During the decade of the 2000’s, the Bengals had one of the league’s best wide receivers with Chad Johnson OchoCinco Johnson.
Johnson entered the league without a lot of hype, as he only played one year of Division 1 football with Oregon State, accumulating 37 receptions. His combine was also rather unspectacular, running a 4.57 second 40 yard dash with a 33 inch vertical jump, and measuring at 6’1” and 192 pounds.
As a result, seven other wide receivers were drafted in 2001 ahead of him: David Terrell, Koren Robinson, Rod Gardner, Santana Moss, Freddie Mitchell, Reggie Wayne, and Quincy Morgan.
After spending his rookie season of 2001 in a reserve role with the Bengals, his career took off with six consecutive 1,000 yard seasons, which included five Pro Bowls and a pair of first team All Pro selections. In 2006 he led the NFL with 1,369 receiving yards, on 87 receptions, and with seven touchdowns.
His peak coincided with a resurgence in interest, and on-field success for the Bengals. After a decade of dormancy, the Bengals climb from the cellar of the NFL coincided with Johnson’s career arc. Johnson was the master of footwork, with his quick, nimble feet seemingly always able to stay in bounds on sideline throws, and deceive defenders on his routes, allowing him to get separation.
Johnson’s silly touchdown antics and even his name change, and re-change, were tolerated and even enjoyed by many Bengals fans, who were pretty excited to have a team worth watching, and a great player too.
Johnson played 11 seasons in the NFL, including 10 in Cincinnati. He finished his career with 766 career receptions, 11,059 yards, and 67 touchdowns. He is a fringe Hall of Fame candidate, although likely behind former Bengals Willie Anderson, Ken Anderson, and Ken Riley in the list of Bengals deserving of enshrinement in Canton.
What is the Bengals’ biggest free agency decision?
It is no secret that the Bengals shouldn’t be worried about many, if any of the players from their 2018 free agency class leaving this offseason.
Most of the players are ones that have failed to sustain success over their careers with the Bengals, and it’d be beneficial for both sides to move on.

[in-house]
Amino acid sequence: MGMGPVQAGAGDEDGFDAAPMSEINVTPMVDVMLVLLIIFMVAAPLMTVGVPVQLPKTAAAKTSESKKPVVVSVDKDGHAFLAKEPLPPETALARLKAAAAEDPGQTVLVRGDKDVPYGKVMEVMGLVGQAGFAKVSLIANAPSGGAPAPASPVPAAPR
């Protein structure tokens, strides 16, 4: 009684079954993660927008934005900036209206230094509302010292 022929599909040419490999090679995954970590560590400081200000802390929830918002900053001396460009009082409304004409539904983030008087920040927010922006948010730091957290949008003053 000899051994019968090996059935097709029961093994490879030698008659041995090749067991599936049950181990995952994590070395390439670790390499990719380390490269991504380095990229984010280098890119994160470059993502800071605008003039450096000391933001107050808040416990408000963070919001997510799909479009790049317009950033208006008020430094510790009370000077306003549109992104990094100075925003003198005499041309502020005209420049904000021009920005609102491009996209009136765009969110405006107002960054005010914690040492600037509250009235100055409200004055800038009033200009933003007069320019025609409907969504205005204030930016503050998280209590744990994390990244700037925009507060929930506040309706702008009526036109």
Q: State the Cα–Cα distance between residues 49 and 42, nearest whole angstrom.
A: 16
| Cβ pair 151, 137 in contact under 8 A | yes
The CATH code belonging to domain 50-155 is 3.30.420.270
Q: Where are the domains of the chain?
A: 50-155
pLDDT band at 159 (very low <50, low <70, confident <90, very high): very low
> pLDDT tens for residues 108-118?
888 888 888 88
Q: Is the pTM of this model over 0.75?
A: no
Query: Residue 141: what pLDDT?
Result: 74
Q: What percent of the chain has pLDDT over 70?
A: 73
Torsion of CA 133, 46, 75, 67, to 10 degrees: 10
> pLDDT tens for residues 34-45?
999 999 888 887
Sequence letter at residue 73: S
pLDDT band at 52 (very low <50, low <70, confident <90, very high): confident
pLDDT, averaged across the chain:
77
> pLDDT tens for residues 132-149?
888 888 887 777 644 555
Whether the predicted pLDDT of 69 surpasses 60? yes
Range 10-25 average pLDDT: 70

There is one name though that keeps popping up when people talk about Bengals’ free agents and that is Tyler Eifert.
ESPN put together every team’s biggest free agent decision recently, and to no ones surprise they picked Eifert for the Bengals:
The adage that a player’s best ability is his availability is a common refrain centered around Eifert, who has never played a full season in the five years since the Bengals drafted him. With substantial injury concerns, testing the market will be a tricky endeavor for him, especially when coupled with what appears to be a steady 2018 class of tight end prospects. From the Bengals’ perspective, it’s important to approach this situation on their terms and not overextend.
Verdict: Offer Eifert a one-year, incentive-laden deal tied to being active for games.
This is a verdict I personally agree with. There is no reason to give Eifert a long-term contract. His health has eliminated that at this point. The Bengals will let him field offers, but they should at least make it clear that they’d like to have him back.
Considering players like Jimmy Graham, Austin Seferian-Jenkins, Trey Burton and Cameron Brate (Restricted Free Agent) are all hitting the open market as well, it should dilute the market for Eifert as well. It also gives the Bengals some options as far as replacements if Eifert finds a suitor elsewhere.
There is a portion of Bengals fans who probably feel comfortable with Tyler Kroft replacing Eifert full-time, but I personally disagree. Kroft is a valuable tight end to have. He is a great blocker and he is a great red-zone threat, but outside of the red zone he is almost nonexistent.
Eifert rarely is even an option for Andy Dalton when the team isn’t in scoring distance. That is where Eifert was so valuable. No matter where the team was on the field, he was a constant mismatch, and he drew the attention of the defense.
No opposing defenses are worried about ever bracketing coverage against Kroft. That hurts the receivers who are now dealing with the extra coverage.
Also, it eliminates any plays where A.J. Green doesn’t have the possibility of having single coverage. Kroft is a great second tight end to have, but Dalton needs more of a safety blanket than that.
A one-year deal is something that not only the Bengals would love to get Eifert signed to, but something I’m sure he will find as the best option for himself as well after seeing the offers from opposing teams.
The only reason I’d expect him to move on to another team is if he was going to a team that had a top tier quarterback and a system that has proven to have tight ends produce. I don’t know how serious Rob Gronkowski was about retiring, but if he does, Eifert could be a low-investment option for them at the tight end position. Outside of that, I don’t think Eifert is trying to leave a team that features him so heavily on offense.
It is probably best for the Bengals and Eifert to do exactly what ESPN suggested. Eifert gets another chance at a contract year, and the Bengals get another chance at having a loaded offense if things fall the right way.